WSCC is governed by a seven-person Governance Council of individuals from Nunavut and the Northwest Territories who represent the interests of workers, employers, and the general public. The members are appointed by the ministers responsible for the WSCC in Nunavut and the Northwest Territories.

The WSCC's Governance Council has recently seen some changes to the membership, and we would like to take this opportunity to thank outgoing members and welcome our new members.

Outgoing Members

Dave Tucker, Chairperson, Governance Council Member since September 2012
Abe Theil, Northwest Territories Public Interest Representative, Governance Council Member since February 2013
Jack Rowe, Northwest Territories Employer Representative, Governance Council Member since April 2013 

Incoming Members

Jenni Bruce, Chairperson, effective April 1, 2021
Peter Mackey, Nunavut Public Interest Representative, effective February 14, 2021
Robert Wilkins, Northwest Territories Employer Representative, effective April 1, 2021
For more information on WSCC's Governance Council, please visit the Governance Council page of our website.

Website maintenance
Possible service disruption on April 16th

The WSCC is upgrading some of the features of our website to better serve our stakeholders. The changes will go live on April 16th. While we are working to ensure a smooth transition, there is the possibility of a temporary service disruption on Friday, April 16th, 2021. This change will not impact WSCC Connect services.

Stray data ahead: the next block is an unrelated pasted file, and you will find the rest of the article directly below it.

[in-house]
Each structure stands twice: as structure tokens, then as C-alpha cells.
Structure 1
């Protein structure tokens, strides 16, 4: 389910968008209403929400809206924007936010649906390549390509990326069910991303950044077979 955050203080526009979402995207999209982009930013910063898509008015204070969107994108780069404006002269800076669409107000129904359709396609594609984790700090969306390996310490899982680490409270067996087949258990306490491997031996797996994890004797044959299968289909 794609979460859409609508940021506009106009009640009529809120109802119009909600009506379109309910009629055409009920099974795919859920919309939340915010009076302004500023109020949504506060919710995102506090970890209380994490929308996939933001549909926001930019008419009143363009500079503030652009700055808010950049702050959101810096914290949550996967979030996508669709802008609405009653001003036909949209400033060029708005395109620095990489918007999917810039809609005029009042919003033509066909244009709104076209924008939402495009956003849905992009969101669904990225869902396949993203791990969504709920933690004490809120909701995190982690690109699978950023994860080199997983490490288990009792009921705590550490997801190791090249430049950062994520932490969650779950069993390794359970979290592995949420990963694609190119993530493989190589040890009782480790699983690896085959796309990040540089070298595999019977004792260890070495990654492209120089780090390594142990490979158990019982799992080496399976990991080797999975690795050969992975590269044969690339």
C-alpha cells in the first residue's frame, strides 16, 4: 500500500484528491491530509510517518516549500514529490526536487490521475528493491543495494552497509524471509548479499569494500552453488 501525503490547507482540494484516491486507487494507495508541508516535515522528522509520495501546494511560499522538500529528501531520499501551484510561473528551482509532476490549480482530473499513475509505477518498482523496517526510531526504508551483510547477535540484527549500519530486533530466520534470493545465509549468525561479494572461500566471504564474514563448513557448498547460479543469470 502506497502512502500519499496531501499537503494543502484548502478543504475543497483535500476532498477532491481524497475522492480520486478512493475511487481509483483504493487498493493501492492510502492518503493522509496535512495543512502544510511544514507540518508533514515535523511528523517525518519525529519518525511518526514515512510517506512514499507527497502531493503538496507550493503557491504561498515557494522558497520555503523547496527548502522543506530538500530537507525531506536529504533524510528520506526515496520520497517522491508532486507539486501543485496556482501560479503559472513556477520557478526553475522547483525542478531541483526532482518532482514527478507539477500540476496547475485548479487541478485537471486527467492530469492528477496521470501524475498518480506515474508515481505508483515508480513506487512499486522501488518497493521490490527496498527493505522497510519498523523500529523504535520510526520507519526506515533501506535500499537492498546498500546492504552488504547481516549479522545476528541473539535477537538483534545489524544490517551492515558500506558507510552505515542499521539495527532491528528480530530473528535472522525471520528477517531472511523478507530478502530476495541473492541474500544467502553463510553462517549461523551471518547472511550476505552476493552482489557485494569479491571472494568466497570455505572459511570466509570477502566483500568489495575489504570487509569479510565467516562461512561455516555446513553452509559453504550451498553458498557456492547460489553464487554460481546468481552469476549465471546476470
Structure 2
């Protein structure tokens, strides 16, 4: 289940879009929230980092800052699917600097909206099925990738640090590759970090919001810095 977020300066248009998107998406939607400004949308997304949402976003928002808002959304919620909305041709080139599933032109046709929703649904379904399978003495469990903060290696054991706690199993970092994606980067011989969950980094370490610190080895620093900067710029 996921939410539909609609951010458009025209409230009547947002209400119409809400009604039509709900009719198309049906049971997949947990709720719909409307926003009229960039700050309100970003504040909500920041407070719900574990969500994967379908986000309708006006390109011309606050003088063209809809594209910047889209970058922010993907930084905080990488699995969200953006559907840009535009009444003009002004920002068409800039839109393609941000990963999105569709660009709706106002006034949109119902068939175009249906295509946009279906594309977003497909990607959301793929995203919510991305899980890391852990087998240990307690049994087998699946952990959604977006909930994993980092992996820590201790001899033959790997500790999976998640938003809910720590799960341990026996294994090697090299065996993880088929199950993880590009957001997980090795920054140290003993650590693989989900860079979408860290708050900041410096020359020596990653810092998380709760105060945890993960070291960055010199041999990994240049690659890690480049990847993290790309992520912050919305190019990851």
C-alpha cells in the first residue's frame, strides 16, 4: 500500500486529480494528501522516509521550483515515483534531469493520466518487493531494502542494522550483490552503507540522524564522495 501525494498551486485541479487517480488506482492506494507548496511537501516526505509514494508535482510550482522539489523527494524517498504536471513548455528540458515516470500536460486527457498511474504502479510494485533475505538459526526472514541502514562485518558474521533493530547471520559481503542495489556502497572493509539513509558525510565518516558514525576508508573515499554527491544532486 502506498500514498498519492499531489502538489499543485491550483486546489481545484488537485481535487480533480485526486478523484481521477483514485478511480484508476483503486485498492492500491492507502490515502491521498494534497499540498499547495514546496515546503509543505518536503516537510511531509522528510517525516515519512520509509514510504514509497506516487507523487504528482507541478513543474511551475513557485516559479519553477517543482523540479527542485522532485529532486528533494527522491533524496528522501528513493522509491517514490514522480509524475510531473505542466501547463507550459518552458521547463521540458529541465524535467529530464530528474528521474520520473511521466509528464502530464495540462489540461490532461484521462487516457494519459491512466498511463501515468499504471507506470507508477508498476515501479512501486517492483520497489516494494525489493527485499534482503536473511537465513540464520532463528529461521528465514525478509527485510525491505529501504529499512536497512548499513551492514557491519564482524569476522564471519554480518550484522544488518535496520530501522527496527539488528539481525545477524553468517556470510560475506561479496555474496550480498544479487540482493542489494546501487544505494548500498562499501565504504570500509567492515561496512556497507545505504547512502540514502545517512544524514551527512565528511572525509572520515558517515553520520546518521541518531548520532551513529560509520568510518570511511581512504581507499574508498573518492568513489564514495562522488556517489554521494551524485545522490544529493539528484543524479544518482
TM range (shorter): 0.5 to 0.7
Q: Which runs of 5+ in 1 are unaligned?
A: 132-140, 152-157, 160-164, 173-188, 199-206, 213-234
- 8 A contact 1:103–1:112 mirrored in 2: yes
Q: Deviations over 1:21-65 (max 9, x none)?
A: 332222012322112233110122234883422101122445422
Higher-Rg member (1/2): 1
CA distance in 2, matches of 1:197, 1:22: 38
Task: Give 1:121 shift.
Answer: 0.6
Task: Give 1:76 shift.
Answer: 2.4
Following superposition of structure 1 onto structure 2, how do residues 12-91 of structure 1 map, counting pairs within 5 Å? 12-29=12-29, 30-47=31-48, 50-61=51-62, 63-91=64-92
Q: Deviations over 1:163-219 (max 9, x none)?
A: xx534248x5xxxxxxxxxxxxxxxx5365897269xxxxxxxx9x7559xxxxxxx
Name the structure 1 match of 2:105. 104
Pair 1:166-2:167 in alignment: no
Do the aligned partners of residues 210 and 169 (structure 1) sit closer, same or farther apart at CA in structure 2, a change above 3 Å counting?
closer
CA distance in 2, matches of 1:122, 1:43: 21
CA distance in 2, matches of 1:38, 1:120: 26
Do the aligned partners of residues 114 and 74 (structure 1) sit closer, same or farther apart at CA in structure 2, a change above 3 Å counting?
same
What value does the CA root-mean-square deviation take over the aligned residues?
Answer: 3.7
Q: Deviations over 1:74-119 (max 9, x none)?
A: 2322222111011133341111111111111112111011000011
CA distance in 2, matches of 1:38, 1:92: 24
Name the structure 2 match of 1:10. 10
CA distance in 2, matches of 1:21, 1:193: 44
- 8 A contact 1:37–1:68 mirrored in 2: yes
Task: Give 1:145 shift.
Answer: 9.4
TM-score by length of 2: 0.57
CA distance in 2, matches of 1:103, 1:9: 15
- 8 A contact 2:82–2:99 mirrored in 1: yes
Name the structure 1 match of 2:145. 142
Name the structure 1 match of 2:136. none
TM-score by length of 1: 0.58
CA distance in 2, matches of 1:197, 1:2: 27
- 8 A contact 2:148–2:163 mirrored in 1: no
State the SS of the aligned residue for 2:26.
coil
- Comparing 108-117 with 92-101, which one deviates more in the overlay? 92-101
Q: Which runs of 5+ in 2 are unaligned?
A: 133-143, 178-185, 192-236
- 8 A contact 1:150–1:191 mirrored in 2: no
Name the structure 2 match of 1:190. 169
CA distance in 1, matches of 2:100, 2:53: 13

If you notice a service interruption, please try to clear the cache on your web browser and refresh the page. If the problem persists, please wait one business day to try again, or for urgent matters contact us by email. We apologize for any inconvenience this may cause.


The Governance Council reviewed and approved the following policies at its March 2021 meeting:
  • A.9 - Asset Disposition
  • B.2 - Depreciation and Amortization.
Please refer to the WSCC Policy Manual
to view all WSCC policies or the Governance Council Directives to view all governance directives.

WSCC Office Closures

WSCC Offices are closed for Easter Weekend on Friday, April 2nd and Monday, April 5th, and will reopen on Tuesday, April 6th, at 8:30 AM.

To report a serious workplace injury or incident, call 1-800-661-0792.

To report unsafe work, use our online Report Unsafe Work service on WSCC Connect.   /  1.800.661.0792   *  /  1.877.404.4407